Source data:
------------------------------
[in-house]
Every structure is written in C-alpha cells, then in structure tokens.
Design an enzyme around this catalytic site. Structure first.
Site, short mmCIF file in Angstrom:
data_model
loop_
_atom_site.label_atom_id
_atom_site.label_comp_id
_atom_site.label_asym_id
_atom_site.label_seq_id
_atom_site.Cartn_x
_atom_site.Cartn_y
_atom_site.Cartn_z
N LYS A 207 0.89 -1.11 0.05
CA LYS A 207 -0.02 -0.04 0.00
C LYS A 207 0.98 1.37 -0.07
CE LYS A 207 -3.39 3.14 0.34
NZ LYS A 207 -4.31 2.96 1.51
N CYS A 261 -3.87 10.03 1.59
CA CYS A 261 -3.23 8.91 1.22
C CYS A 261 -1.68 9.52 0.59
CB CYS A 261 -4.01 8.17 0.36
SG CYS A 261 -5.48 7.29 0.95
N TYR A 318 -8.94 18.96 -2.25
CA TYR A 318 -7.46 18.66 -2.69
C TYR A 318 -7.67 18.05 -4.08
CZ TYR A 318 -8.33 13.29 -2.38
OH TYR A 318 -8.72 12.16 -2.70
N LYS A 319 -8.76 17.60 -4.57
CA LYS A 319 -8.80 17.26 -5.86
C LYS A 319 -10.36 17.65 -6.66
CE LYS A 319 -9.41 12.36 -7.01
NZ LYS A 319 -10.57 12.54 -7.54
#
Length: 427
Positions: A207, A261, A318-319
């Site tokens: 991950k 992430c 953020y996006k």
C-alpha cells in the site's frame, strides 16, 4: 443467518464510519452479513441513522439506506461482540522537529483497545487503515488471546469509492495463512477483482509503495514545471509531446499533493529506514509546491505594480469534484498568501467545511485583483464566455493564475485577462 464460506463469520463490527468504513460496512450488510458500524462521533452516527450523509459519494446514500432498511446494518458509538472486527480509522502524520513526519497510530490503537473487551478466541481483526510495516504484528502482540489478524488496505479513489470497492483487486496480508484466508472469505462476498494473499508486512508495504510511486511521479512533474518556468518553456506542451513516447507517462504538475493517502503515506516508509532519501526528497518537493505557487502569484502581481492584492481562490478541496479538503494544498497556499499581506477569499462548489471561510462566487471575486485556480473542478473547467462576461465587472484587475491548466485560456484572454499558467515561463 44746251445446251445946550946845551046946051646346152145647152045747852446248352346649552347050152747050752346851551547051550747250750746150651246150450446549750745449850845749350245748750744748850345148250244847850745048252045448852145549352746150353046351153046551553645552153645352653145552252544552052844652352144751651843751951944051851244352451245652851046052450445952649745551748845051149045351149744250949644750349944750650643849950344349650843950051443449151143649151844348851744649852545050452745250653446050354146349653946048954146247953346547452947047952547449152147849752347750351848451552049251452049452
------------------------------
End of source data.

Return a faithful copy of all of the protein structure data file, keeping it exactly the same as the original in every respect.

[in-house]
Every structure is written in C-alpha cells, then in structure tokens.
Design an enzyme around this catalytic site. Structure first.
Site, short mmCIF file in Angstrom:
data_model
loop_
_atom_site.label_atom_id
_atom_site.label_comp_id
_atom_site.label_asym_id
_atom_site.label_seq_id
_atom_site.Cartn_x
_atom_site.Cartn_y
_atom_site.Cartn_z
N LYS A 207 0.89 -1.11 0.05
CA LYS A 207 -0.02 -0.04 0.00
C LYS A 207 0.98 1.37 -0.07
CE LYS A 207 -3.39 3.14 0.34
NZ LYS A 207 -4.31 2.96 1.51
N CYS A 261 -3.87 10.03 1.59
CA CYS A 261 -3.23 8.91 1.22
C CYS A 261 -1.68 9.52 0.59
CB CYS A 261 -4.01 8.17 0.36
SG CYS A 261 -5.48 7.29 0.95
N TYR A 318 -8.94 18.96 -2.25
CA TYR A 318 -7.46 18.66 -2.69
C TYR A 318 -7.67 18.05 -4.08
CZ TYR A 318 -8.33 13.29 -2.38
OH TYR A 318 -8.72 12.16 -2.70
N LYS A 319 -8.76 17.60 -4.57
CA LYS A 319 -8.80 17.26 -5.86
C LYS A 319 -10.36 17.65 -6.66
CE LYS A 319 -9.41 12.36 -7.01
NZ LYS A 319 -10.57 12.54 -7.54
#
Length: 427
Positions: A207, A261, A318-319
């Site tokens: 991950k 992430c 953020y996006k």
C-alpha cells in the site's frame, strides 16, 4: 443467518464510519452479513441513522439506506461482540522537529483497545487503515488471546469509492495463512477483482509503495514545471509531446499533493529506514509546491505594480469534484498568501467545511485583483464566455493564475485577462 464460506463469520463490527468504513460496512450488510458500524462521533452516527450523509459519494446514500432498511446494518458509538472486527480509522502524520513526519497510530490503537473487551478466541481483526510495516504484528502482540489478524488496505479513489470497492483487486496480508484466508472469505462476498494473499508486512508495504510511486511521479512533474518556468518553456506542451513516447507517462504538475493517502503515506516508509532519501526528497518537493505557487502569484502581481492584492481562490478541496479538503494544498497556499499581506477569499462548489471561510462566487471575486485556480473542478473547467462576461465587472484587475491548466485560456484572454499558467515561463 44746251445446251445946550946845551046946051646346152145647152045747852446248352346649552347050152747050752346851551547051550747250750746150651246150450446549750745449850845749350245748750744748850345148250244847850745048252045448852145549352746150353046351153046551553645552153645352653145552252544552052844652352144751651843751951944051851244352451245652851046052450445952649745551748845051149045351149744250949644750349944750650643849950344349650843950051443449151143649151844348851744649852545050452745250653446050354146349653946048954146247953346547452947047952547449152147849752347750351848451552049251452049452